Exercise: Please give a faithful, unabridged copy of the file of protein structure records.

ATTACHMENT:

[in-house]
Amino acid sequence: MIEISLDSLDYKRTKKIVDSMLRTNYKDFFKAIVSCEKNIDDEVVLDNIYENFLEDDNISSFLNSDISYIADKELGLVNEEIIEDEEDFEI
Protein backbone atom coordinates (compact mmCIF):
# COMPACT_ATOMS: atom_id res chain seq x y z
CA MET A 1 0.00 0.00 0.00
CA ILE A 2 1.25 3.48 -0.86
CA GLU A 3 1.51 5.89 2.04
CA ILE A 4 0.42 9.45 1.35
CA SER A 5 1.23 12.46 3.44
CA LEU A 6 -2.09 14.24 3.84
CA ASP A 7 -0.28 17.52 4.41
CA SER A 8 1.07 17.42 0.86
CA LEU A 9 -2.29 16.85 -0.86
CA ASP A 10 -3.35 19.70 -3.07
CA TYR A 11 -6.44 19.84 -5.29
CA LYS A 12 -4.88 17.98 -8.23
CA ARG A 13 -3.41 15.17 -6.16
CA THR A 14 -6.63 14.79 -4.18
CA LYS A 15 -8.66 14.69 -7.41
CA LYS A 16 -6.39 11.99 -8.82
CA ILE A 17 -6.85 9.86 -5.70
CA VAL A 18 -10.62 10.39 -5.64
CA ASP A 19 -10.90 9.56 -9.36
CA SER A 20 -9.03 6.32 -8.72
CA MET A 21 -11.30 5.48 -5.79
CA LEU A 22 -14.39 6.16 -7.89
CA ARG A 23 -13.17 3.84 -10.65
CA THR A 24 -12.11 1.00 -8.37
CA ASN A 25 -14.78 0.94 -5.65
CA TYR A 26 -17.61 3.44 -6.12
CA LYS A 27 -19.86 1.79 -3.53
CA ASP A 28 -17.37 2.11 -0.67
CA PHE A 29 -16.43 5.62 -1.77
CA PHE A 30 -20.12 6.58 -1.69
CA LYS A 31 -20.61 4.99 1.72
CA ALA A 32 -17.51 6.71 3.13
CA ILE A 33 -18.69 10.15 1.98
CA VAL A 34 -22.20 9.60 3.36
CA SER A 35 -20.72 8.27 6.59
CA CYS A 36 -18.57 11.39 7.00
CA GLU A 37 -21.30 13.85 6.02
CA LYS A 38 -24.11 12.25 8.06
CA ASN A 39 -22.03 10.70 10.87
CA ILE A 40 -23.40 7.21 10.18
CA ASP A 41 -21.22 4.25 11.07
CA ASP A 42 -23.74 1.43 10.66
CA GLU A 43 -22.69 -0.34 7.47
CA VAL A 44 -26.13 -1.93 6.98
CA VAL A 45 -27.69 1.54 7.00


[in-house]
Amino acid sequence: MIEISLDSLDYKRTKKIVDSMLRTNYKDFFKAIVSCEKNIDDEVVLDNIYENFLEDDNISSFLNSDISYIADKELGLVNEEIIEDEEDFEI
Protein backbone atom coordinates (compact mmCIF):
# COMPACT_ATOMS: atom_id res chain seq x y z
CA MET A 1 0.00 0.00 0.00
CA ILE A 2 1.25 3.48 -0.86
CA GLU A 3 1.51 5.89 2.04
CA ILE A 4 0.42 9.45 1.35
CA SER A 5 1.23 12.46 3.44
CA LEU A 6 -2.09 14.24 3.84
CA ASP A 7 -0.28 17.52 4.41
CA SER A 8 1.07 17.42 0.86
CA LEU A 9 -2.29 16.85 -0.86
CA ASP A 10 -3.35 19.70 -3.07
CA TYR A 11 -6.44 19.84 -5.29
CA LYS A 12 -4.88 17.98 -8.23
CA ARG A 13 -3.41 15.17 -6.16
CA THR A 14 -6.63 14.79 -4.18
CA LYS A 15 -8.66 14.69 -7.41
CA LYS A 16 -6.39 11.99 -8.82
CA ILE A 17 -6.85 9.86 -5.70
CA VAL A 18 -10.62 10.39 -5.64
CA ASP A 19 -10.90 9.56 -9.36
CA SER A 20 -9.03 6.32 -8.72
CA MET A 21 -11.30 5.48 -5.79
CA LEU A 22 -14.39 6.16 -7.89
CA ARG A 23 -13.17 3.84 -10.65
CA THR A 24 -12.11 1.00 -8.37
CA ASN A 25 -14.78 0.94 -5.65
CA TYR A 26 -17.61 3.44 -6.12
CA LYS A 27 -19.86 1.79 -3.53
CA ASP A 28 -17.37 2.11 -0.67
CA PHE A 29 -16.43 5.62 -1.77
CA PHE A 30 -20.12 6.58 -1.69
CA LYS A 31 -20.61 4.99 1.72
CA ALA A 32 -17.51 6.71 3.13
CA ILE A 33 -18.69 10.15 1.98
CA VAL A 34 -22.20 9.60 3.36
CA SER A 35 -20.72 8.27 6.59
CA CYS A 36 -18.57 11.39 7.00
CA GLU A 37 -21.30 13.85 6.02
CA LYS A 38 -24.11 12.25 8.06
CA ASN A 39 -22.03 10.70 10.87
CA ILE A 40 -23.40 7.21 10.18
CA ASP A 41 -21.22 4.25 11.07
CA ASP A 42 -23.74 1.43 10.66
CA GLU A 43 -22.69 -0.34 7.47
CA VAL A 44 -26.13 -1.93 6.98
CA VAL A 45 -27.69 1.54 7.00